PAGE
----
Food Through Culture: Ambrosia Salad

The dish features a daring combination of jet-puffed marshmallows, shredded coconut, pineapple and mandarin oranges. It’s most commonly finished with a smattering of cool whip (originally sour cream) and chilled in the fridge overnight, encouraging the ingredients to congeal into a dense, syrupy mass. More gourmet renditions have been known to include homemade marshmallows, crushed pecans, maraschino cherries and other fresh fruit. But beyond the various recipes, each ambrosia salad offers the same feeling: The quiet thrill of knowing you’re about to do something you shouldn’t, followed by pure, sticky bliss as you place that first goopy spoonful into your mouth.

A fruit salad without morals, nothing about ambrosia indicates that it should be served as a main course. Nevertheless, this is where it’s most likely to appear. I have never seen ambrosia on a dessert table. But have bared witness to it resting amongst mashed potatoes, Brussels sprouts and stuffing at countless potlucks and celebrations.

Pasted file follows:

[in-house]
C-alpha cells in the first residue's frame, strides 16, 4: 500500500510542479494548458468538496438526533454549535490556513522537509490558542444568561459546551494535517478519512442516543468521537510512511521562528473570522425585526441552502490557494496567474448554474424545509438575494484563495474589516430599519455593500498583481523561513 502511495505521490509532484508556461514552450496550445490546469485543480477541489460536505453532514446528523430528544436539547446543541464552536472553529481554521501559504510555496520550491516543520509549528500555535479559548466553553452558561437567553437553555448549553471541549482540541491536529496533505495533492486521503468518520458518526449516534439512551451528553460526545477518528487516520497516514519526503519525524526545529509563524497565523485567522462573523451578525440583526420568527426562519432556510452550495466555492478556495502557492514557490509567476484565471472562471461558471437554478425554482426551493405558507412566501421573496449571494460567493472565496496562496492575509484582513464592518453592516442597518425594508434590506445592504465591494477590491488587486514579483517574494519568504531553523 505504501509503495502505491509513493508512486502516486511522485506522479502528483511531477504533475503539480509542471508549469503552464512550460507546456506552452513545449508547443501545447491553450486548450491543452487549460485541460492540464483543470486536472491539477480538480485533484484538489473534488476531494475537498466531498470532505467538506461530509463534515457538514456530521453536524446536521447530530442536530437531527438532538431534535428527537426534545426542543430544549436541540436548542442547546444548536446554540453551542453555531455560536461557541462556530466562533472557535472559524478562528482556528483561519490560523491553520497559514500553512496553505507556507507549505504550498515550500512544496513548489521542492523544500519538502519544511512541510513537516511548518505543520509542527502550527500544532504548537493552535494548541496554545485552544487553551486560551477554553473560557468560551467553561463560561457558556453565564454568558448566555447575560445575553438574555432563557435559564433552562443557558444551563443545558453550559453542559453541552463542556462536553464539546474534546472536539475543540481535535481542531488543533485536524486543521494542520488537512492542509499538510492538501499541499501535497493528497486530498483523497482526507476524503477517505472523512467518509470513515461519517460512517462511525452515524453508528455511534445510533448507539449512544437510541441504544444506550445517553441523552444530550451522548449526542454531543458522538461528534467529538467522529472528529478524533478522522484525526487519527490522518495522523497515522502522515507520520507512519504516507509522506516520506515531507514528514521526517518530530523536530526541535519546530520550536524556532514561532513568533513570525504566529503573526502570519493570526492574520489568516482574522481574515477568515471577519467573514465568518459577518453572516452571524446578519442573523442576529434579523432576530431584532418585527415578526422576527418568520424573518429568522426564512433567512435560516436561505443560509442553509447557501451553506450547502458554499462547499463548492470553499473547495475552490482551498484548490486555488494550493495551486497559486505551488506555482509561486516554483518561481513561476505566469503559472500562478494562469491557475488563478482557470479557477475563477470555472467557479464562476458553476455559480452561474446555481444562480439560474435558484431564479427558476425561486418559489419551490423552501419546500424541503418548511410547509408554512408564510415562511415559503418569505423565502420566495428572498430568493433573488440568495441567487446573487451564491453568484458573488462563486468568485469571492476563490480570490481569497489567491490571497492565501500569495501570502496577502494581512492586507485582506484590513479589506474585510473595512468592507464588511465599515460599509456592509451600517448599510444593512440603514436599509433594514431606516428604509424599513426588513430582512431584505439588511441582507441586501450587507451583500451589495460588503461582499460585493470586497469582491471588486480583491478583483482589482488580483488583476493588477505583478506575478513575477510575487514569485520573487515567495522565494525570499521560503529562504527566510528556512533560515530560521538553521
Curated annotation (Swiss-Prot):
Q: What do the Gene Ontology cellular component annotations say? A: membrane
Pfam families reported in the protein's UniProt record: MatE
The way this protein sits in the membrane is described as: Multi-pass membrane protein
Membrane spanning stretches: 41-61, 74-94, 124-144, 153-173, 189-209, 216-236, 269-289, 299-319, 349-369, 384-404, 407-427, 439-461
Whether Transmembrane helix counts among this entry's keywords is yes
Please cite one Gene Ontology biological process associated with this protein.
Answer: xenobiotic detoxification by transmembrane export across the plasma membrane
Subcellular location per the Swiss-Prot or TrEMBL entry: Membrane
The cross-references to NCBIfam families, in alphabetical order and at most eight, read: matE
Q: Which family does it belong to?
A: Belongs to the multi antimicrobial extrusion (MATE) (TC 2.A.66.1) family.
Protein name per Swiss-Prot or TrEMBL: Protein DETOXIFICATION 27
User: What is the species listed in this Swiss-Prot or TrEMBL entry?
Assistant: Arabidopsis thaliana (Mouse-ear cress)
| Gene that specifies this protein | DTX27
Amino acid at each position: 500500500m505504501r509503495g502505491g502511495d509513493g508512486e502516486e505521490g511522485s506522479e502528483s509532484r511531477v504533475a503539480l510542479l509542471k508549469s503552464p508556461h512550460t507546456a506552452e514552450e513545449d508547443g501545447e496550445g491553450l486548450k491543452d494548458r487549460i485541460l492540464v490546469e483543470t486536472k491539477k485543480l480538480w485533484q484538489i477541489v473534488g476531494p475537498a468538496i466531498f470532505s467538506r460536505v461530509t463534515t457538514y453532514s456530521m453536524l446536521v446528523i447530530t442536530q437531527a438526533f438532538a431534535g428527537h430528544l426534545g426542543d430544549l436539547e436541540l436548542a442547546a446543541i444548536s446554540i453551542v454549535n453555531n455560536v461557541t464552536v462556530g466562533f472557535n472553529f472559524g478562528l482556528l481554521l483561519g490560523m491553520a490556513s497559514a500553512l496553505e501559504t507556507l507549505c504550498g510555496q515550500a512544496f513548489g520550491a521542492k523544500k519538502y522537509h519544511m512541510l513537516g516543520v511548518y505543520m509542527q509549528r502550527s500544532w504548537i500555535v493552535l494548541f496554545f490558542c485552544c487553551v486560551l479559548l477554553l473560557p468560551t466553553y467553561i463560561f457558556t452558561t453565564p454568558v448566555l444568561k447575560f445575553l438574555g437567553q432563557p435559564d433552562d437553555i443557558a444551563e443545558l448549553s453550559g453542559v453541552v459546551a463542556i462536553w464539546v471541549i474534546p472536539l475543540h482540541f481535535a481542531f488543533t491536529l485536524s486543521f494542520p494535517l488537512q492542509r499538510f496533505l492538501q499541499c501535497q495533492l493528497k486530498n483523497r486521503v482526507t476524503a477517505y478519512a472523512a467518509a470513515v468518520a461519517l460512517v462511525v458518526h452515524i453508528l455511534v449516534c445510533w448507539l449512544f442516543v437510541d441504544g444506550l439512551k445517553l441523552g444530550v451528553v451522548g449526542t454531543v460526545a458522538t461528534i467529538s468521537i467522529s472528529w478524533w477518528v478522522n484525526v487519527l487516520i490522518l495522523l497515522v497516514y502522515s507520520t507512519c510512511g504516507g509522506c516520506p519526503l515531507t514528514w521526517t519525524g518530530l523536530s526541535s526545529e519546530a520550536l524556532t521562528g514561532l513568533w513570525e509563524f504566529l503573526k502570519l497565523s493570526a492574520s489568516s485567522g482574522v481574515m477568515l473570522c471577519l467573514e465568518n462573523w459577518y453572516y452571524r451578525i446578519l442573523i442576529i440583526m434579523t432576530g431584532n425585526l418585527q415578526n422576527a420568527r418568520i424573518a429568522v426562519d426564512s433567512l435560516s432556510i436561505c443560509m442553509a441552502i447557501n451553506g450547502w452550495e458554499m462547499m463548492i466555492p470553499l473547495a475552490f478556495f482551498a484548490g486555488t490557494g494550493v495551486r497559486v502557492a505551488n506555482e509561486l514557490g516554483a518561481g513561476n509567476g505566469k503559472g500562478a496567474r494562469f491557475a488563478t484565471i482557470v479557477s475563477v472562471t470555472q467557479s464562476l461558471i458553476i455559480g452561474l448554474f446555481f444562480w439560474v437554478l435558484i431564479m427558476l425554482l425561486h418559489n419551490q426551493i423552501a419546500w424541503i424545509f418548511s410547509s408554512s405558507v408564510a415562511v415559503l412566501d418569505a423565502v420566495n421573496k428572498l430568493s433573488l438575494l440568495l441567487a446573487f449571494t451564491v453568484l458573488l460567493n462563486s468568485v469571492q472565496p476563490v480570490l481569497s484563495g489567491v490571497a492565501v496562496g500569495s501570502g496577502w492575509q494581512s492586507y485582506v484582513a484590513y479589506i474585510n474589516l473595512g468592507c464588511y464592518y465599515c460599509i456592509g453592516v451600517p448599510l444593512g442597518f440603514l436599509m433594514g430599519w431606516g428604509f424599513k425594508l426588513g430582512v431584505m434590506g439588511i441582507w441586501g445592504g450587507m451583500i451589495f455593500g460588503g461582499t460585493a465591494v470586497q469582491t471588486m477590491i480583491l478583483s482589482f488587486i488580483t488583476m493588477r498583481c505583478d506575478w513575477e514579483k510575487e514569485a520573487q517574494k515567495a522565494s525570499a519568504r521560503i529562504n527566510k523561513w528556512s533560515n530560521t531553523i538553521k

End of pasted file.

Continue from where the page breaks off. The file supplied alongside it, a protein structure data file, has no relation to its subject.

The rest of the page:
The mixture of refrigerated coconut and sour cream is rumoured to have begun in the southern U.S. in the 1800s, with the earliest written reference of the salad published in a cookbook from 1867, Dixie Cookery by Maria Massey Barringer. Thanks to newly built railroads that linked the west coast with the east, imported ingredients like coconut became easier to access. By the 1870s, the proliferation of imported ingredients meant ambrosia recipes were common.

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